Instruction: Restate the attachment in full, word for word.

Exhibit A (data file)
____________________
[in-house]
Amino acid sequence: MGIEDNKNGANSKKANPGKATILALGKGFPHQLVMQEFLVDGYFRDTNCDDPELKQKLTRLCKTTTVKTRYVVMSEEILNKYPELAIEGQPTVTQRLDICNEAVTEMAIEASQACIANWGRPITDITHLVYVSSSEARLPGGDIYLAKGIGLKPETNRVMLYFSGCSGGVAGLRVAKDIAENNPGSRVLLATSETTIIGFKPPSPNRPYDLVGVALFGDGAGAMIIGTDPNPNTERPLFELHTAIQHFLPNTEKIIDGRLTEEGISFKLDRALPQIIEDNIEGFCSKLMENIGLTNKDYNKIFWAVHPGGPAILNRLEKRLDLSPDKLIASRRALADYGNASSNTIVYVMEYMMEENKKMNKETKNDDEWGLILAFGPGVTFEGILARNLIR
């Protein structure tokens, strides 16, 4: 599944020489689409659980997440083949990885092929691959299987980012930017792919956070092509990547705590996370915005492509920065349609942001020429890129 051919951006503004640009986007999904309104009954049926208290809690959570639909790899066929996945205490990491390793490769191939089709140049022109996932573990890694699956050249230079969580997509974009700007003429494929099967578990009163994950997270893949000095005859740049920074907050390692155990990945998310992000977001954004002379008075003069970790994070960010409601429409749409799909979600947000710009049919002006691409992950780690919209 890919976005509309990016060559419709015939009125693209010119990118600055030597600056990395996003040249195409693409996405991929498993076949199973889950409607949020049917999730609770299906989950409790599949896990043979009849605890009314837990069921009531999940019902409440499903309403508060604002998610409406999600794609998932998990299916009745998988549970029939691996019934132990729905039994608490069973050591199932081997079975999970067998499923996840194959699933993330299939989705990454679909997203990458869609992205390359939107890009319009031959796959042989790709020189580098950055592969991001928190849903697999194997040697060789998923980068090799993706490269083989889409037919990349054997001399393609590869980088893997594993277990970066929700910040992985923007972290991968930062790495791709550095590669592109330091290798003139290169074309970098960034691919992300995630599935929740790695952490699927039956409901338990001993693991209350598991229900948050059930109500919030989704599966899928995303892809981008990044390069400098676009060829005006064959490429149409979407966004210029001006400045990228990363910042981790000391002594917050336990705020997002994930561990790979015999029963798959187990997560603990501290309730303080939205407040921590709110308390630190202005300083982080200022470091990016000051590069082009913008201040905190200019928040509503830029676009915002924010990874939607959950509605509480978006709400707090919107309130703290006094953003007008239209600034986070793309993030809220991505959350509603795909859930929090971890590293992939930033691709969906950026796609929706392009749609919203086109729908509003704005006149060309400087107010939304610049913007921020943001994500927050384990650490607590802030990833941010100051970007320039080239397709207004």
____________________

[in-house]
Amino acid sequence: MGIEDNKNGANSKKANPGKATILALGKGFPHQLVMQEFLVDGYFRDTNCDDPELKQKLTRLCKTTTVKTRYVVMSEEILNKYPELAIEGQPTVTQRLDICNEAVTEMAIEASQACIANWGRPITDITHLVYVSSSEARLPGGDIYLAKGIGLKPETNRVMLYFSGCSGGVAGLRVAKDIAENNPGSRVLLATSETTIIGFKPPSPNRPYDLVGVALFGDGAGAMIIGTDPNPNTERPLFELHTAIQHFLPNTEKIIDGRLTEEGISFKLDRALPQIIEDNIEGFCSKLMENIGLTNKDYNKIFWAVHPGGPAILNRLEKRLDLSPDKLIASRRALADYGNASSNTIVYVMEYMMEENKKMNKETKNDDEWGLILAFGPGVTFEGILARNLIR
């Protein structure tokens, strides 16, 4: 599944020489689409659980997440083949990885092929691959299987980012930017792919956070092509990547705590996370915005492509920065349609942001020429890129 051919951006503004640009986007999904309104009954049926208290809690959570639909790899066929996945205490990491390793490769191939089709140049022109996932573990890694699956050249230079969580997509974009700007003429494929099967578990009163994950997270893949000095005859740049920074907050390692155990990945998310992000977001954004002379008075003069970790994070960010409601429409749409799909979600947000710009049919002006691409992950780690919209 890919976005509309990016060559419709015939009125693209010119990118600055030597600056990395996003040249195409693409996405991929498993076949199973889950409607949020049917999730609770299906989950409790599949896990043979009849605890009314837990069921009531999940019902409440499903309403508060604002998610409406999600794609998932998990299916009745998988549970029939691996019934132990729905039994608490069973050591199932081997079975999970067998499923996840194959699933993330299939989705990454679909997203990458869609992205390359939107890009319009031959796959042989790709020189580098950055592969991001928190849903697999194997040697060789998923980068090799993706490269083989889409037919990349054997001399393609590869980088893997594993277990970066929700910040992985923007972290991968930062790495791709550095590669592109330091290798003139290169074309970098960034691919992300995630599935929740790695952490699927039956409901338990001993693991209350598991229900948050059930109500919030989704599966899928995303892809981008990044390069400098676009060829005006064959490429149409979407966004210029001006400045990228990363910042981790000391002594917050336990705020997002994930561990790979015999029963798959187990997560603990501290309730303080939205407040921590709110308390630190202005300083982080200022470091990016000051590069082009913008201040905190200019928040509503830029676009915002924010990874939607959950509605509480978006709400707090919107309130703290006094953003007008239209600034986070793309993030809220991505959350509603795909859930929090971890590293992939930033691709969906950026796609929706392009749609919203086109729908509003704005006149060309400087107010939304610049913007921020943001994500927050384990650490607590802030990833941010100051970007320039080239397709207004």